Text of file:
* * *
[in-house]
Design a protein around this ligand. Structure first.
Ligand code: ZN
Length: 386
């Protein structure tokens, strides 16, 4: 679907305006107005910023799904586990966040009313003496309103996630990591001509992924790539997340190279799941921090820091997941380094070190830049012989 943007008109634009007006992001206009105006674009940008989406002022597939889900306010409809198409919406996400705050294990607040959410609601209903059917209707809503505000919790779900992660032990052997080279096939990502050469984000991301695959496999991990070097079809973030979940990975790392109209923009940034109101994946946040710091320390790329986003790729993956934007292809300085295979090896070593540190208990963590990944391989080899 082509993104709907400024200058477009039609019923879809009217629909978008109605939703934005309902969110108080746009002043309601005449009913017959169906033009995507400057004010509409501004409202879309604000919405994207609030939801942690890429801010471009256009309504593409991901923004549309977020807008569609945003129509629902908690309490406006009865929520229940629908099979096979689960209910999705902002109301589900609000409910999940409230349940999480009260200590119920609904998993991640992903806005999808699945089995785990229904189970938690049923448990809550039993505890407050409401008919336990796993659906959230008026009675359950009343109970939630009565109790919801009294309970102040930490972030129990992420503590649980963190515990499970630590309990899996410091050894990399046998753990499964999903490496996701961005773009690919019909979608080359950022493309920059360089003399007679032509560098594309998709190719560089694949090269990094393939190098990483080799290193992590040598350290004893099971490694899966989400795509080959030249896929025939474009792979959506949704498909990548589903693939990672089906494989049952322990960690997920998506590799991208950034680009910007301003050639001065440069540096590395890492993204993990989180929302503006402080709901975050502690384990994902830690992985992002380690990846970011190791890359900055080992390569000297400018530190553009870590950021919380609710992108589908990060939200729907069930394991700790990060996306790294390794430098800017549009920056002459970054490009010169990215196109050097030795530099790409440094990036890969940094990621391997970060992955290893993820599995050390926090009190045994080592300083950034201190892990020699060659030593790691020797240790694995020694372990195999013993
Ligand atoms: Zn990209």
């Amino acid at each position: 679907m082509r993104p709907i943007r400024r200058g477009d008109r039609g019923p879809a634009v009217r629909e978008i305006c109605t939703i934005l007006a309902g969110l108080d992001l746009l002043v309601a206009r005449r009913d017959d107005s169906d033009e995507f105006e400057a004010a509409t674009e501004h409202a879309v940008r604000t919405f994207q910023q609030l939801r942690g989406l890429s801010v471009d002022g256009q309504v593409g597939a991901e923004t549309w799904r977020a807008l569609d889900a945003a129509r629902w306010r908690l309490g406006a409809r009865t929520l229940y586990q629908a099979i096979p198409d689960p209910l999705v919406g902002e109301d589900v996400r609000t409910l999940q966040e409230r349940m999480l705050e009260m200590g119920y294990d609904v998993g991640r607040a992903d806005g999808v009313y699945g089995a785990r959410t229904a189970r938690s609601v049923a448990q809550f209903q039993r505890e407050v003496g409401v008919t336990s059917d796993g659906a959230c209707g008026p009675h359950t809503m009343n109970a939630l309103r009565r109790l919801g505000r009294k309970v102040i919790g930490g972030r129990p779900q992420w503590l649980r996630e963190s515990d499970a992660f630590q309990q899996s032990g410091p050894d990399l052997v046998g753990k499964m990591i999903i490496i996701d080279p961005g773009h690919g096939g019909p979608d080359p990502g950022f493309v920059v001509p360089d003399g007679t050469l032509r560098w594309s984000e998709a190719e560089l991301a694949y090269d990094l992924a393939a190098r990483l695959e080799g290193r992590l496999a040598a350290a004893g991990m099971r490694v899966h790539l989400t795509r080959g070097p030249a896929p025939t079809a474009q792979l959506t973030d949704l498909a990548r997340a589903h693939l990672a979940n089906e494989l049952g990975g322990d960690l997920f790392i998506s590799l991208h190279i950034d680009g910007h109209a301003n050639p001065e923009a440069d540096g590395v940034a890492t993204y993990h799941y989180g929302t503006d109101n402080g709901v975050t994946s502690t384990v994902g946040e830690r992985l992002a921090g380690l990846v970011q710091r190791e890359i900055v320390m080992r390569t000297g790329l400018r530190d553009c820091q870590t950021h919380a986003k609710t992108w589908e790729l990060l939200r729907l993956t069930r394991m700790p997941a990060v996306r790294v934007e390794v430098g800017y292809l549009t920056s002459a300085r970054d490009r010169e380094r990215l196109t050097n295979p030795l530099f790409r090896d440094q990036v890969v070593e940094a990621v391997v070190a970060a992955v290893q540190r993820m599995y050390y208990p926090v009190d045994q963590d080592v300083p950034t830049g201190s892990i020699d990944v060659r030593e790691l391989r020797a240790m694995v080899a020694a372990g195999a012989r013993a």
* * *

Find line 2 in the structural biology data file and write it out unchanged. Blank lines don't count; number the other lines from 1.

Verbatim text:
Design a protein around this ligand. Structure first.